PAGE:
Alice, upset that she had to use a wish, takes comfort that her father finally understands her. However, the Knave points out that wishes come at a cost, and true to magic coming with price, we jump to Alice's father jerking awake on the couch in his home. To him it was all a dream, none of his adventure in Wonderland was real. While he looks visibly shaken, one has to wonder if any of his character development will stick. I think deep down Alice's father was changed by his "dream", but I don't believe we will see the results of this change for a very long time.

Jafar, having retreated back to his floating fortress, confronts the old prisoner. We learn through a flashback that he is indeed the sultan! As happy as I am that I was right in my speculation and can gloat, this new knowledge puts a damper on my enjoyment of the old prisoner character because the sultan's past actions were deplorable and it seems he is without remorse. In the flashback, a now grown Jafar offers to fight his half brother, the prince, and should he lose, the sultan's life will be spared. The prince runs away, attempting to leave his father to die and gets magically murdered in the process. Running is an act Jafar assures he would never do. The sorcerer simply wants the sultan to call him his son, but the sultan refuses, hence his hard labor, imprisonment, and punishment. I wonder who is ruling Agrabah now that the sultan and his heir are out of the picture.

In the present day, the former sultan reiterates that he will never call Jafar his son so he should just be killed now. Jafar assures his father that when Alice uses her third wish and the laws of magic are rewritten, he will be singing a different tune. And there you have it, Jafar's master plan. He wants to force his father to love him, an act that the sultan comments on as being empty and meaningless since the love has to be stolen. Then, in a final act of defiance, the sultan steps off the edge of the cliff, denying Jafar the satisfaction of being called "son". Or he would if Jafar didn't have a magic carpet to levitate his father back up the cliff. An interesting parallel, both father and son resurrected with the carpet. Perhaps they are more alike than the sultan wants to admit.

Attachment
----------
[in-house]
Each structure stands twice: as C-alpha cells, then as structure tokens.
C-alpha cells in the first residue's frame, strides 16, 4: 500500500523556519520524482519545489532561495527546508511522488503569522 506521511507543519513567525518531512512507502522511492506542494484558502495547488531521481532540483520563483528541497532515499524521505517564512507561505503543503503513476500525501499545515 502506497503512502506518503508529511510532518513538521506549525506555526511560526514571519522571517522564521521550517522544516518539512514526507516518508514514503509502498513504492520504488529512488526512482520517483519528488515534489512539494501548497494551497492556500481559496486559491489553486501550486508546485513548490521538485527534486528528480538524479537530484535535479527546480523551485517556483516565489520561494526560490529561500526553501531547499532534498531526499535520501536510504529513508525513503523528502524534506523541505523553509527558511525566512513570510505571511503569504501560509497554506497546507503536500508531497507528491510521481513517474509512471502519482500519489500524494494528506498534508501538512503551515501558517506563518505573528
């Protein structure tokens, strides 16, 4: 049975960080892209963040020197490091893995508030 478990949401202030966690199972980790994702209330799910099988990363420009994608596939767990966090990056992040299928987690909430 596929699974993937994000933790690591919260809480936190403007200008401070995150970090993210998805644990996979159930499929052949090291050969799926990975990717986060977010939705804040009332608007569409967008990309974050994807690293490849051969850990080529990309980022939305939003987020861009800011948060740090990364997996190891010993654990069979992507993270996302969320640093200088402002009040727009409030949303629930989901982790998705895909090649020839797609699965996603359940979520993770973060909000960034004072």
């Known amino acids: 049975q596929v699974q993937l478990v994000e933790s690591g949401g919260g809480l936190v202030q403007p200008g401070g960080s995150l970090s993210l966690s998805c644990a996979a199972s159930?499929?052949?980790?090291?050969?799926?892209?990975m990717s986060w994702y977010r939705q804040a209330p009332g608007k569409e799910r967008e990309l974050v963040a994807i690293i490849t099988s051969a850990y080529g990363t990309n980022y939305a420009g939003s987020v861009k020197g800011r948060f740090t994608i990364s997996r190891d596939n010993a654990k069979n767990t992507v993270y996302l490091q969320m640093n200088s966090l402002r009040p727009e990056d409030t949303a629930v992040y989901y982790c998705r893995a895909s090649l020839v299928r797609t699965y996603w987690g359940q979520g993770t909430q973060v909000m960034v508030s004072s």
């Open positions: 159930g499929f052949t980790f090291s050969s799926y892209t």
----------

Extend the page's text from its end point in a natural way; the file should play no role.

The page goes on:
The final shot of the episode is Cyrus, confirmed to have survived his tumble off Jafar's island, regaining consciousness and immediately saying, "Alice" before springing into action.

Well there you have it. Again, the Jafar back stories are not my favorite, but now I understand and appreciate why young Jafar sought out dark magic specifically to deal with the sultan. Though I really did enjoy watching Alice's faux father and the duality of his dialogue. It's entertaining to see a villain have fun with his villainy and I feel Jafar couldn't resist having those private personal jokes to himself.

I absolutely adore the fact that everyone's motivation on this show is love in some form or another. If you could only take one thing from this season so far it would be "love conquers all". This effects all the characters, whether it be the True Love of Alice and Cyrus, the lack of love due to missing heart for the Knave, the Red Queen yearning to rekindle her love, or Jafar striving for the love of his father. As I said in the past, I am not a fan of romance, but I feel now that this show is a story about love, not a love story.

So readers, what did you think? How did you feel about the sultan's cruelty? Alice's reunion with her father? Or how about the fact that all the progress Alice's father made could be gone forever? What do you think is next for the Red Queen now that she openly is working against Jafar? And where the heck is the Knave's heart?? Let us know in the comments!

Hopefully some questions are answered next week in the mid-season finale entitled "Home".

Ashley B
is as serious as a sleeping curse when she says television is her life. Professional event planner, avid movie viewer, convention attendee, and resident sass master, Ashley also writes reviews for ABC's Once Upon a Time over at GottaWatchIt.com. She looks forward each week to the weird and wonderful world her favorite television programs provide.